“Gudauri” resort lies at an altitude between 2,000m and 3,300m above sea level. The location is renowned for its surrounding areas, which are ideal for ski tours and freerides at altitudes from 1,400m to 3,700m. Before discussing the snow in Gudauri, I would like to point out in advance that it is not possible to give a single description of snow cover at 2.3 kilometers above sea level: neither qualitatively nor quantitatively.


This article is based on statistics collected over the last 3 years, and only describes the resort zone (2,000-3,300 m). Outside this zone, conditions are quite different.
A diary of snowfalls at an altitude of 2,000 m can be found here. A diary cannot be used to predict the distribution of snow by altitude.
Web-camera (2000m): here.

The following websites are the most trusted resources among those providing forecasts for the region:

The first snowfalls typically occur in November. The official season opens somewhere between December 10th and 20th. Statistically speaking, December is a rather cold month, so the condition of the route is almost the same at the top and at the bottom.
January is also usually cold and snowy, with little difference between the top and the bottom of the route. The first two months of winter are the most favorable regarding the amount of precipitation. Here are the statistics for December and January over the last 3 years:

Measurements were carried out at an altitude of 2,000 m, which corresponds to the lowest station of the first stage of the cableway.

  • 2015/2016: in December and January there were 8 snowfalls (out of 14 during the entire season) and 433cm of snow fell out of 693cm (for the entire season).
  • 2016/2017: in December and January there were 6 snowfalls (out of 10 during the entire season) and 240cm of snow fell out of 389cm (for the entire season).
  • 2017/2018: in December and January there were 11 snowfalls (out of 16 during the entire season) and 373cm of snow fell out of 505cm (for the entire season).

Until recently February was considered to be the coldest and snowiest month of the year, but statistics gathered over recent years suggest the opposite: this is the very month that sees the least amount of snowfall, and the temperature rarely drops to extreme values. On the other hand, the snow cover is maintained and is conducive to skiing.


When reading the diagrams, it is important to take the following into account:

1. The amount of precipitation is measured at an altitude of 2,000m (as altitude increases, the amount of snowfall usually increases).
2. The amount of precipitation is measured immediately after snowfall, and therefore factors such as “caking” and melting of snow are not taken into account.
3. Statistics do not take into account a particular aspect of autumn and spring precipitation: while it may be raining at an altitude of 2,000m, at higher altitudes there is snowfall.

March is the most unpredictable month of the season. Night temperatures often fall below those of February, and there are on average a couple of powerful snow fronts during the month. Throughout the entire month there are occasional small, localized snowfalls. High-quality snow cover is maintained until the end of the month.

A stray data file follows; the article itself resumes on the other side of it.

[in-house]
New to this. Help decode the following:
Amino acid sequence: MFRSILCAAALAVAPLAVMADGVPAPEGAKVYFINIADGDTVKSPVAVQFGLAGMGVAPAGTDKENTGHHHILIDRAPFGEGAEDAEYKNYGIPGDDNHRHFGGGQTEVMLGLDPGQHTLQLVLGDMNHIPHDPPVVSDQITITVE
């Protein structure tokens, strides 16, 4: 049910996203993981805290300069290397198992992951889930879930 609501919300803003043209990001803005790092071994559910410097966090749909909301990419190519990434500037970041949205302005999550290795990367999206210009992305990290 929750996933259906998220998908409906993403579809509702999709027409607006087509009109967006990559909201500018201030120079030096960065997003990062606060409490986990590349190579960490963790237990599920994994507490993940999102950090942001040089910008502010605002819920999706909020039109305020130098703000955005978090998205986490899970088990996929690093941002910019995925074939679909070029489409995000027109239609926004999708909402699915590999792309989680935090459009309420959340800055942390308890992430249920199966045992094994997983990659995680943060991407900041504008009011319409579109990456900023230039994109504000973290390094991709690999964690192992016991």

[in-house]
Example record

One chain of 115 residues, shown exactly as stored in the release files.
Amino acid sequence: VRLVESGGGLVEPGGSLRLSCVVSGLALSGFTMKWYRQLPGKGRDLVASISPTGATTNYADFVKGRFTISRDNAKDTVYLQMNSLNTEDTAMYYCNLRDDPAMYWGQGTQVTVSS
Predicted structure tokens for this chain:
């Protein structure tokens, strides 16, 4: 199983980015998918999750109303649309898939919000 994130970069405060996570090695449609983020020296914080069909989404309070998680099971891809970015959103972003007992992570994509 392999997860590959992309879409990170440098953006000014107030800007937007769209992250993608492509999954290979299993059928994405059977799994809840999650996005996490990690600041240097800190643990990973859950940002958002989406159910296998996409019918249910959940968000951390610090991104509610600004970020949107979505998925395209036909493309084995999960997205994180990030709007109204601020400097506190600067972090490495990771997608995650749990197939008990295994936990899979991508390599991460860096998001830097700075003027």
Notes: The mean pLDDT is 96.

It is worth taking the following into account:

  • During this period, the temperature at the lower (2,000m) and upper (3,000m) altitudes differs quite markedly: even though at night there may be a stable minus temperature at all altitudes, during the day a “zero crossing” can already be observed in the lower part of the resort. Accordingly, the characteristics of any freshly fallen snow will also differ: from powdery winter snow to heavy wet snow.
  • As a result of the difference between daytime and nighttime temperatures, an ice crust often forms on the slopes: after midday the sun warms the snow, at around 16:00 the temperature drops sharply forming a crust, and only by 11:00 the following day does the slope become soft enough to ski.
  • The difference in quality of snow between the upper and lower altitudes is already very significant: while there may still be a ‘winter’ covering at 3,000m, at lower heights we can find ‘spring porridge’.

There is also a difference between the beginning and the end of March, which is much more pronounced than during other months. While the first half of March is still a bridge between winter and spring, the second half is already fully spring – meaning that each day all the above-mentioned nuances become more noticeable.

P.S. As far as ski tours and freerides are concerned, the situation is quite different. The resort has a predominantly southern exposure, while the points outside the resort are northern or with a northern exposure.

April sees the end of the ski season in Gudauri, with the resort usually closing around April 15th. Until mid April, the condition of the snow is similar to that of March: in the upper heights the snow is well maintained, but towards the bottom it becomes “porridge”. The slopes begin to thaw. At an altitude of 2,000m precipitation can fall both in the form of snow and of rain.

This information may serve as a statistical guide when choosing the best time to travel to Gudauri, and only approximates the real situation in the mountains. It is in no way a forecast for the coming winter.

See you in Gudauri,
your WildGuru team

Hostel WildGuru in Gudauri